The week kicked off with a blog post from MSA-Oregon coalition director, Dan Lombardi, highlighting one of the fights small business owners are engaged in down in Salem at the State Capitol. Oregon is working on creating a health insurance exchange that will help reduce the burden on small business owners who provide health insurance, or give opportunities to those who can’t afford it. In the post, published on Blue Oregon, Dan called out insurance industry lobbyist who are working to weaken the exchange (you can read the full post here):
“At every step in the process this session, legislators have ignored concerns [of small business owners], and have capitulated to the insurance industry lobby to develop an exchange that continues to allow big health insurance companies to drive up premiums year after year.”
Later in the week, 11 small business owners from Portland, Salem, and Bend attended a small business roundtable with Governor John Kitzhaber and his staff to discuss pending legislation, and how it will impact small business owners and our communities. Business owners shared stories about the rising costs of health insurance, the lack of small business capital, and the need for meaningful reforms to energy tax credits. The concerns were well recieived by the Governor’s office. At the end of the meeting, the small business owners in attendance delivered MSA-Oregon’s 2011 legislative agenda and asked the Governor to stand with small business this session, not corporate lobbyists.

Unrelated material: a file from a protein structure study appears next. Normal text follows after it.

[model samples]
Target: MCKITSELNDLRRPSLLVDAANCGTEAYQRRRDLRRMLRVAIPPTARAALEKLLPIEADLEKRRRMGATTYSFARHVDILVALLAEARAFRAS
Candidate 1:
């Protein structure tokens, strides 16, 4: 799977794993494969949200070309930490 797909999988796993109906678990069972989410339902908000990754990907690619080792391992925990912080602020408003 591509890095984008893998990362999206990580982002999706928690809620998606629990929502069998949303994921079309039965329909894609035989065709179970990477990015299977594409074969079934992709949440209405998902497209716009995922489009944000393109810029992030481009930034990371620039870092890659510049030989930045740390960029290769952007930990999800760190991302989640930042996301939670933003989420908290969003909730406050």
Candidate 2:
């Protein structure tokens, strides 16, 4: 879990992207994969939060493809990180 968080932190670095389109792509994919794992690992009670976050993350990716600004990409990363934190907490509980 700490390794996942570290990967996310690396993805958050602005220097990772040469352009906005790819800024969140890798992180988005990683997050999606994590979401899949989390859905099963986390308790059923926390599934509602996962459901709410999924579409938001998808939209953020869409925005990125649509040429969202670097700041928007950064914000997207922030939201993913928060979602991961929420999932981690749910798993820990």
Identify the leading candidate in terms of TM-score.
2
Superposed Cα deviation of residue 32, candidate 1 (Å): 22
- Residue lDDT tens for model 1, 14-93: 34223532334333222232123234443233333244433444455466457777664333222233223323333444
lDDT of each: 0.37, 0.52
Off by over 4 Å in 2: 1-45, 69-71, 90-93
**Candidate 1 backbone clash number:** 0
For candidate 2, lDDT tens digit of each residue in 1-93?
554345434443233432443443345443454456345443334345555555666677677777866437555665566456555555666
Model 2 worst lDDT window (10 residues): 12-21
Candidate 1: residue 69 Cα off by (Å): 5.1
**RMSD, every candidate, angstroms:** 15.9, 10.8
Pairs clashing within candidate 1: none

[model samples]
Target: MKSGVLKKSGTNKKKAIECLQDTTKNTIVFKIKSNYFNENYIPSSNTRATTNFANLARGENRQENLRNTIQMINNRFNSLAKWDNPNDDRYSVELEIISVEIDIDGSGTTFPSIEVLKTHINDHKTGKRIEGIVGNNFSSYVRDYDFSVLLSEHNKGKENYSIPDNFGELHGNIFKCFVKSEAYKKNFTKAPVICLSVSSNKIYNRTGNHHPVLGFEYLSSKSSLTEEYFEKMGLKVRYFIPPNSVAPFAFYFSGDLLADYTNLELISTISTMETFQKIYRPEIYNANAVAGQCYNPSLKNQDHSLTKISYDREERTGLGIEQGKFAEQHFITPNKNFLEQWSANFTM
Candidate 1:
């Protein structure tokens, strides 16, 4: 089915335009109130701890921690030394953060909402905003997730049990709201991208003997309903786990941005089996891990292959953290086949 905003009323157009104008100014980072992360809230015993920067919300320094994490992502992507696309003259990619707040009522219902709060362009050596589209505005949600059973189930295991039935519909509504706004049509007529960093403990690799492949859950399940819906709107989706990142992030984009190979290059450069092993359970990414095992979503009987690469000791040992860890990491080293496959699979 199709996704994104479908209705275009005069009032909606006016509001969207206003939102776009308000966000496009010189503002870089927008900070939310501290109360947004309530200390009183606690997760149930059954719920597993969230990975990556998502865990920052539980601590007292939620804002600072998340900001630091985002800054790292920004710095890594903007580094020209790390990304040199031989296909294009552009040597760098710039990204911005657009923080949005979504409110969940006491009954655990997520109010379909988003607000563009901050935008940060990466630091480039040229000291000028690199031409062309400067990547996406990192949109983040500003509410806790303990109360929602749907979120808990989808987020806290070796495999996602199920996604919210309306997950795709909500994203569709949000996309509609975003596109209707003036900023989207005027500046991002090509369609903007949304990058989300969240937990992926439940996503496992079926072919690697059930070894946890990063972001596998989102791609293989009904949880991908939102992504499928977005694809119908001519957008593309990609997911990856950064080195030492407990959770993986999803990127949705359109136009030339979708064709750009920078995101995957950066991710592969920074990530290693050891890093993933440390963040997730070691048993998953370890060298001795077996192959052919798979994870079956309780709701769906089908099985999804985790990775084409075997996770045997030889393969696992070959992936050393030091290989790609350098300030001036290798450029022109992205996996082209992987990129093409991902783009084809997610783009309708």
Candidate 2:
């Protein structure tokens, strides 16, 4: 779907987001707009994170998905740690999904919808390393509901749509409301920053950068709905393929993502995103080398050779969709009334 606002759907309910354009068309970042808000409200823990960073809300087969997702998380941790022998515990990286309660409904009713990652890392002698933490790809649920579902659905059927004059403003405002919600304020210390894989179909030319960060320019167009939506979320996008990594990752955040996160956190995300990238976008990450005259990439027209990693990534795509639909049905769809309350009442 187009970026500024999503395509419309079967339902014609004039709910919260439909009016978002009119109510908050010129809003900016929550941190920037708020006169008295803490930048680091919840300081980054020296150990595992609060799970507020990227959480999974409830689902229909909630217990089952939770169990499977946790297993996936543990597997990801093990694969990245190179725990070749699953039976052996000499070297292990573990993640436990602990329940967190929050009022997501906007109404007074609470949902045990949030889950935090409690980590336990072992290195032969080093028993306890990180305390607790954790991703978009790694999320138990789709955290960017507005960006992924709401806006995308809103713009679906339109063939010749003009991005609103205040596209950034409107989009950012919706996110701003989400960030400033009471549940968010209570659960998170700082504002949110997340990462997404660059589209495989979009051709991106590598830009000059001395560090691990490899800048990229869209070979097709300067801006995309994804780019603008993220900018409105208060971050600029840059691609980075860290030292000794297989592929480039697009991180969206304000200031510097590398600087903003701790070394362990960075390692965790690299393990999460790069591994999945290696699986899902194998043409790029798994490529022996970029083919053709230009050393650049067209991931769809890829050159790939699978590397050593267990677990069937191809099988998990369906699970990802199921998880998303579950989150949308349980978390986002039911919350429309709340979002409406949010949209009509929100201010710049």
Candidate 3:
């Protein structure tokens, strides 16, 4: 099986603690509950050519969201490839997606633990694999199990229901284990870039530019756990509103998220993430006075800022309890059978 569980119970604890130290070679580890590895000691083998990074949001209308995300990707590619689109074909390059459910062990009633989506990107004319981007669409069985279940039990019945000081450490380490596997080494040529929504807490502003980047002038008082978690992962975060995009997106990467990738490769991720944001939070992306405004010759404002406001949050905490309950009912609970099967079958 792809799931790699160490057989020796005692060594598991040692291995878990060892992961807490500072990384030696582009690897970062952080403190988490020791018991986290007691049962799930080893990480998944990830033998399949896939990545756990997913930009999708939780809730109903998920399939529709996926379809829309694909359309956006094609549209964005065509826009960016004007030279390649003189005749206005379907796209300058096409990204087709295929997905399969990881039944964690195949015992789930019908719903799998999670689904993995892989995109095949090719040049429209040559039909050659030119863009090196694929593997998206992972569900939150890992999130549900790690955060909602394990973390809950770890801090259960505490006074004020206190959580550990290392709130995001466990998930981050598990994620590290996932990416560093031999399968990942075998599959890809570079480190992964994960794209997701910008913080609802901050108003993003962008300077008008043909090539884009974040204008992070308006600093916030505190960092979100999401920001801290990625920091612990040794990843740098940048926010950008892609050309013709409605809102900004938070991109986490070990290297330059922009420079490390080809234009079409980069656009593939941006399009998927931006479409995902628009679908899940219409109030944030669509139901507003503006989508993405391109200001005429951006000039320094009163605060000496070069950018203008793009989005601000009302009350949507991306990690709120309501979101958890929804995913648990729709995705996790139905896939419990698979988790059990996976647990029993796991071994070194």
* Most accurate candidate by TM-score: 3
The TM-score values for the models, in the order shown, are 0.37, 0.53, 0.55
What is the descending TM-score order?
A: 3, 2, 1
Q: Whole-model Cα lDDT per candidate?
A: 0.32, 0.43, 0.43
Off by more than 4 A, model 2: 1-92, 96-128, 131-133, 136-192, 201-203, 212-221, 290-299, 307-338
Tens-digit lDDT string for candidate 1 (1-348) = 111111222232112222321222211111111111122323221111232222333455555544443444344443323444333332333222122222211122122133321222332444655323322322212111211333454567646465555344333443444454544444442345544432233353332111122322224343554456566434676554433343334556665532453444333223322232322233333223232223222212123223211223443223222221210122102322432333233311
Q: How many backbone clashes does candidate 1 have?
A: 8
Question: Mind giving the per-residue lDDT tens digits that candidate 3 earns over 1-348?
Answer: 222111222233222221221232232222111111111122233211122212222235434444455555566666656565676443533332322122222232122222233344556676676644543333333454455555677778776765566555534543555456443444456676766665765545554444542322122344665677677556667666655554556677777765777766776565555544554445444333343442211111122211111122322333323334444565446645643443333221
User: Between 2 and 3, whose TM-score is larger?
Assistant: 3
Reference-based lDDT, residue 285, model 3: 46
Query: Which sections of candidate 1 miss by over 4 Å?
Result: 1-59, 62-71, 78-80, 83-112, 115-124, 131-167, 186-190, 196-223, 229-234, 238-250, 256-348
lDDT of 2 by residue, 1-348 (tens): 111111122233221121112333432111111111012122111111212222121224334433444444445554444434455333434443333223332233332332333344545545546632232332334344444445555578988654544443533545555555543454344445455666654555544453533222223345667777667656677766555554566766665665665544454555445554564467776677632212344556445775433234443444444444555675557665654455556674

To wrap up National Small Business Week activities, MSA-Oregon co-chairs Jim Houser and Mark Kellenbeck submitted Op-Eds on state level issues to the Oregonian, and one on national issues to the Hill. Both had similar themes, and asked the key question of the week:
“Small businesses have spoken for and been ignored for far too long, and it’s time we fight back and change that. We are asking Gov. Kitzhaber and the Legislature to listen to the true economic drivers of Oregon’s economy — small businesses. We do the majority of hiring in this state, and because of that, our voice should be heard louder than any corporate lobbyist in the state Capitol. To this point in the session, we have been ignored. With National Small Business Week, the question must be asked: Who stands with small business, and who stands against? We hope our elected officials do the right thing for Oregon and stand with small business.”
Full text of the Op-Eds can be found here:
– May 21, 2011 – The Oregonian Op-Ed – “Corporations don’t speak for small business”
– May 20, 2011 – The Hill – “Who speaks for small business? Not big corporate interests”